Then there is this feeling of seeing your discovery in use. Now that’s the thrill. You feel there in the clouds. You feel next to God because that is where you are – right next to him (it doesn’t matter whether it is the right or left hand side as long as it is the hand of God). An invention and its post-mortem keep you above your world and give you the wings over other worlds.

Have I discovered or invented anything? I don’t keep a sexing diary, that’s the sad thing.

I’ve been going through my Facebook TL and checking how life has affected my world. I could just remember an important discovery I made and forgot about; I could discover something with my online history. But there was nothing much actually. A very boring TL. Lots of posts without comments or likes. Some embarrassing emotional outbursts and a number of tags in spam links.

Then the devil sent me to spy on the other TL that thieves decided to hijack. Then I saw something that triggered a memory. I saw this post where I’d posted about the party I’d just enjoyed. Two likes and zero comments. Then the whole story flashed.

We’d assembled at a home in Donholm. Now those from Eastlands will tell you that organising a get-to-know party at a Phase Eight South Sudanese home is no joke. I don’t know if the girl was Dinka or Nuer or Shilluk or Khoikhoi. By then there was no Machar and there was no Kiir and nobody cared because a South Sudanese was a South Sudanese and nothing less. All I know is that she was beautifully South Sudanese and the guy was a Kenyan from Machakos. In his company was his cousin, and Nzioka had insisted I be part of his cousin’s contigent. There is a feeling you get when in your proposal tour you tag along a handsome man because the Sudanese will see a sample of expected progeny and be soft during the bargain.

The plan was simple. Nzioka and I were to be the talkative pair. Do rounds of jokes and humour up our hosts. The owner of the dance was to remain silent and pose as a perfect gentleman in this sharp contrast. He was to smile and nod and never do the arguments.

The Sudanese gave us the best welcome. I think the best hearts were made in Juba and heaven. Words may fail me but I will still say that those guys were cool. Shared their music and kept us happy.

Now, I don’t know Sudanese. But there were these two rascals who kept moving around the room ridding their toy tanks. Then the rides reduced and giggles began. Baby, you don’t want those Sudanese kids giggling around you in a funny language and nobody cares to tell them to sleep because tomorrow is school. I think it is their culture to let kids play near elders.

When the party was over and we had become friend and family, it was time to leave. All rich families have carpets and when you leave, you need to put on your shoes again. So when we are doing this, the two rascals come back. They are peeping as if from fear of visitors, only that they whisper and laugh in South Sudanese. There is something uncomfortable with that. You begin to think that maybe you didn’t comb your hair. Or that your zipper is open and things are out there. You will think that you are putting on pink underwear and the boys think you stole their sister’s. But this is not the time to check because you don’t want to confirm that it is true. And in case you discover that your things have been out of the zipper, do you zip it in front of your friend’s in-laws or you wait till you’re at that Masimba corner in Kayole? Perhaps it is even taboo among the Kamba and the cousin to your friend may never forgive you.

So Nzioka has his shoes on and we are waiting for our gentleman. We are happy because we have constructed him well. Time has been well spent and we only need to get back home and count our gains.

As the gentleman from Machakos holds the left shoe, the giggles increase and Alice, the younger boy, comes fast. He squats near the guest of honour, rests elbows on laps, head in the palms and gives his guest this curious look. He then looks at the leg that should go into the shoe next. In one daft movement he takes his hands to the heels of the guest and removes them quickly. He then laughs very loudly and runs to where his brother is hiding. He runs as if he could be killed when we get him. Then they come back pointing fingers and saying something in their language. That’s when I see it.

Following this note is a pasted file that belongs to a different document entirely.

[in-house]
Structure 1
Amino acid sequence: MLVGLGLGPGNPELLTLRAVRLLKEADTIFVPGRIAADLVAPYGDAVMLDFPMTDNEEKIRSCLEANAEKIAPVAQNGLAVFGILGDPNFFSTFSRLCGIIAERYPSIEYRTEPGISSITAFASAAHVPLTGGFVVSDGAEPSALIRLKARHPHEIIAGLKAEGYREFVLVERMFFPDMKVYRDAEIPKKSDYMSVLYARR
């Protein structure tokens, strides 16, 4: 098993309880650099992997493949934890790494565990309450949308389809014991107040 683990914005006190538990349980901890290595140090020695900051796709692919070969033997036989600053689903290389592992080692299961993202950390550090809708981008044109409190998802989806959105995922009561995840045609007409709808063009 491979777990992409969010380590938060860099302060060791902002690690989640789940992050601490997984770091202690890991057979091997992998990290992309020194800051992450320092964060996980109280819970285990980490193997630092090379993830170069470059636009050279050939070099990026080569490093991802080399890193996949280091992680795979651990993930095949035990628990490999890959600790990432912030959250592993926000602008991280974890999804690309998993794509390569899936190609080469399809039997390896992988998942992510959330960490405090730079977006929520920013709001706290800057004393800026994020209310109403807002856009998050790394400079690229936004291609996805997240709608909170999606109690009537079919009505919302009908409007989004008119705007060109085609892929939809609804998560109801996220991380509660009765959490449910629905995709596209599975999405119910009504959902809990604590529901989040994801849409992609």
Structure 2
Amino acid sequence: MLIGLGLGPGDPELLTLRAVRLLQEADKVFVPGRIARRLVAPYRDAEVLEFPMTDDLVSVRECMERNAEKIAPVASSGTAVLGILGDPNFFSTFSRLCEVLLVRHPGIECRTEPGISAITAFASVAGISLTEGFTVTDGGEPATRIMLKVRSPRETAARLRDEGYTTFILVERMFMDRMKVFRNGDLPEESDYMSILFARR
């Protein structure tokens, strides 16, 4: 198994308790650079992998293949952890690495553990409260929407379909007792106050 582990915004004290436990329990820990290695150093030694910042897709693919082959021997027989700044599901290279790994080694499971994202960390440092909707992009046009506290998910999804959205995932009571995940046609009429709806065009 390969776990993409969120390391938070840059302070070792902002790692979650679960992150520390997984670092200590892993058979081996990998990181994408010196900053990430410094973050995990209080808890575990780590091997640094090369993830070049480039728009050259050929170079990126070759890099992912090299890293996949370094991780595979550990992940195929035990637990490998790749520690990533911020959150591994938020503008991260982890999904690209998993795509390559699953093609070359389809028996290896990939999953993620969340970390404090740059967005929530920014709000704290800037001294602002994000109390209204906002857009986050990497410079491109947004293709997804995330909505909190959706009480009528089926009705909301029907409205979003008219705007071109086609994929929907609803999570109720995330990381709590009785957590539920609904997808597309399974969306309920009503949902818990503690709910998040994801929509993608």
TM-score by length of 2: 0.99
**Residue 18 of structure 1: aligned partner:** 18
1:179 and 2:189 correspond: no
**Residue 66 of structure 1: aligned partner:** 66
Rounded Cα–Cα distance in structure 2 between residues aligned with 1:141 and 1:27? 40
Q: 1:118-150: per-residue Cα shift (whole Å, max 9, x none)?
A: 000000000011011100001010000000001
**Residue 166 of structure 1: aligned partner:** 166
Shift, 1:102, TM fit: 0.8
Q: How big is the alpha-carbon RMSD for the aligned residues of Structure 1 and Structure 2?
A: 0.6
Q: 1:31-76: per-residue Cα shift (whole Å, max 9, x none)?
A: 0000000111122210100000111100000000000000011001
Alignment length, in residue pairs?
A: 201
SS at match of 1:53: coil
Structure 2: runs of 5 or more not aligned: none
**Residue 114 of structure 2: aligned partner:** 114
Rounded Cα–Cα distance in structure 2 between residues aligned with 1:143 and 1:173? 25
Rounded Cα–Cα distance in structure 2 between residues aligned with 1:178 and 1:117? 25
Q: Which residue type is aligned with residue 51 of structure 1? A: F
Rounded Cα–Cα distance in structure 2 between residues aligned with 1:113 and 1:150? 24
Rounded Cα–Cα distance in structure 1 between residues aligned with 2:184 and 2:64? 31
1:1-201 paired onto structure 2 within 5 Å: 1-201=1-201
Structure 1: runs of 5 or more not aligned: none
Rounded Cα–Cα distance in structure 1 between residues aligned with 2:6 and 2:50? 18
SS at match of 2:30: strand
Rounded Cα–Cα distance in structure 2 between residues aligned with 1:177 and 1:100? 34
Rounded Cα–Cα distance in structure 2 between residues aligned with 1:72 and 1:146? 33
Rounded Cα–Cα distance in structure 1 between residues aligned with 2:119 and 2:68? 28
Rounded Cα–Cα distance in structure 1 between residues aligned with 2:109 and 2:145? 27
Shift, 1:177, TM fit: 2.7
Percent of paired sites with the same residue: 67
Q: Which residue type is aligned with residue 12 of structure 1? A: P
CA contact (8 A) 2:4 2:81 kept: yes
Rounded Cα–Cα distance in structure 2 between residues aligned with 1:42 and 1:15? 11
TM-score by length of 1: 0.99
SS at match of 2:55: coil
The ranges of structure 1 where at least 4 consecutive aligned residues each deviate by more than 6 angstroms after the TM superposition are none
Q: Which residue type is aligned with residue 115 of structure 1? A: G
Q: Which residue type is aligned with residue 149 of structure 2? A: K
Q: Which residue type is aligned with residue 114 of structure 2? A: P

The heel of the guest is almost entirely out. The sock is torn and we can see fault lines on the heel. The cracks are so big you could hide Chile in there and still have space for illegal emigrants.

I’m sure everyone realises it too. I collapse. Nzioka collapses. Everybody collapses. Before us is a prospective in-law putting on socks that are torn. We have managed to qualify him as a gentleman but we do not know if they will any longer hold as a gentleman a man with a cracked heel and a torn sock.

Now this is the most interesting point. You mean the kids were laughing at our man all this time! When he sat there, feeling a gentleman, his secrets were out! What do people gain by wearing torn socks?  A torn sock says you are rich, right? Doesn’t it say you are a responsible man? You are cool. Halooo.

torn socks
Holes and socks

Whom does he think he is; an Akond of Swat?

It would be interesting to know what he thinks every time he pushes the leg into the sock and how he has to guard the toes from taking the wrong route. Does it make him sigh and say I inherited long heels from my mother? You just want to look at him swearing every time the small toe becomes mischievous and tears a millimetre more at the margins of the hole.

What I know about holes is that they are used for big things. Holes are for pleasure and holes are for golf. They are for rats and snakes. The hole on the sock was so big a mouse could do high-jump through it and not touch anything. Did he keep it for ventilation? The doctor told him if you don’t ventilate your left heel you will never have an erection.

So what happens when X sees a big hole on one of her products? Turn in the grave is not enough. She gets stitches and paralysis. Like the Wright Brothers hearing that a Boeing went to the moon instead of taking Malaysians to Nigeria.

I will stop here for now.

P.S:

  1. Someone help say Happy Honeymoon to Joyce Deng and Job Muli. Dar-es-Salaam is not very far.
  2. Writer’s Version might soon take a two-week break to focus on a writing project that’s greatly involving. Final editing and running here and there in town. Putting on suits and polished shoes. Signing papers. Start saying congratulations….
  3. Holes and Socks.